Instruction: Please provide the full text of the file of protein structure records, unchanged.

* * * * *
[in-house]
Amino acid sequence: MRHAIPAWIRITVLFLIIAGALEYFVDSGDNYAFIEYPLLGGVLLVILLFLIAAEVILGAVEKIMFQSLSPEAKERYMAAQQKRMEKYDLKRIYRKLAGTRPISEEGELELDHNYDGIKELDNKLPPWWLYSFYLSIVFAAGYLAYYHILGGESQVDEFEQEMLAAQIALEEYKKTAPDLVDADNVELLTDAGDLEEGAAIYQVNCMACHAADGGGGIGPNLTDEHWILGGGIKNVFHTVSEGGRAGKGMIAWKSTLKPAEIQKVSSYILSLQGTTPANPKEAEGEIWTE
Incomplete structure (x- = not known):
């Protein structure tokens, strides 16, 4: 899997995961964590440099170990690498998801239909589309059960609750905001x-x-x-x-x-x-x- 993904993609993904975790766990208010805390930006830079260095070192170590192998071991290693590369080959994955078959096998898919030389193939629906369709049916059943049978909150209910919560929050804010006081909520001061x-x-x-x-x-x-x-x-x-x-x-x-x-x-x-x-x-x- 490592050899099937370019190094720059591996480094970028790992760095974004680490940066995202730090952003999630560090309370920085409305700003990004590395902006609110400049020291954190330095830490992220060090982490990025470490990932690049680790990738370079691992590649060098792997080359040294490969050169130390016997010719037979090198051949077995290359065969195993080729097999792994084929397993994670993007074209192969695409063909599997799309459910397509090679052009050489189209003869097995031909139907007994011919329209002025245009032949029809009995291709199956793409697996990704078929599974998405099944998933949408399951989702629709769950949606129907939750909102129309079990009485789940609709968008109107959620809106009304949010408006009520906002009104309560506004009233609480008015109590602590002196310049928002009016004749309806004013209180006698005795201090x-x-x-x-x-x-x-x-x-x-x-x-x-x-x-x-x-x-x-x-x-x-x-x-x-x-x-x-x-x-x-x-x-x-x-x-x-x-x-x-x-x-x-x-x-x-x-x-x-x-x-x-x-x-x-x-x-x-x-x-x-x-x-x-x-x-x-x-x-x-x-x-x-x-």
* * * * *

[in-house]
Amino acid sequence: MRHAIPAWIRITVLFLIIAGALEYFVDSGDNYAFIEYPLLGGVLLVILLFLIAAEVILGAVEKIMFQSLSPEAKERYMAAQQKRMEKYDLKRIYRKLAGTRPISEEGELELDHNYDGIKELDNKLPPWWLYSFYLSIVFAAGYLAYYHILGGESQVDEFEQEMLAAQIALEEYKKTAPDLVDADNVELLTDAGDLEEGAAIYQVNCMACHAADGGGGIGPNLTDEHWILGGGIKNVFHTVSEGGRAGKGMIAWKSTLKPAEIQKVSSYILSLQGTTPANPKEAEGEIWTE
Incomplete structure (x- = not known):
């Protein structure tokens, strides 16, 4: 899997995961964590440099170990690498998801239909589309059960609750905001x-x-x-x-x-x-x- 993904993609993904975790766990208010805390930006830079260095070192170590192998071991290693590369080959994955078959096998898919030389193939629906369709049916059943049978909150209910919560929050804010006081909520001061x-x-x-x-x-x-x-x-x-x-x-x-x-x-x-x-x-x- 490592050899099937370019190094720059591996480094970028790992760095974004680490940066995202730090952003999630560090309370920085409305700003990004590395902006609110400049020291954190330095830490992220060090982490990025470490990932690049680790990738370079691992590649060098792997080359040294490969050169130390016997010719037979090198051949077995290359065969195993080729097999792994084929397993994670993007074209192969695409063909599997799309459910397509090679052009050489189209003869097995031909139907007994011919329209002025245009032949029809009995291709199956793409697996990704078929599974998405099944998933949408399951989702629709769950949606129907939750909102129309079990009485789940609709968008109107959620809106009304949010408006009520906002009104309560506004009233609480008015109590602590002196310049928002009016004749309806004013209180006698005795201090x-x-x-x-x-x-x-x-x-x-x-x-x-x-x-x-x-x-x-x-x-x-x-x-x-x-x-x-x-x-x-x-x-x-x-x-x-x-x-x-x-x-x-x-x-x-x-x-x-x-x-x-x-x-x-x-x-x-x-x-x-x-x-x-x-x-x-x-x-x-x-x-x-x-």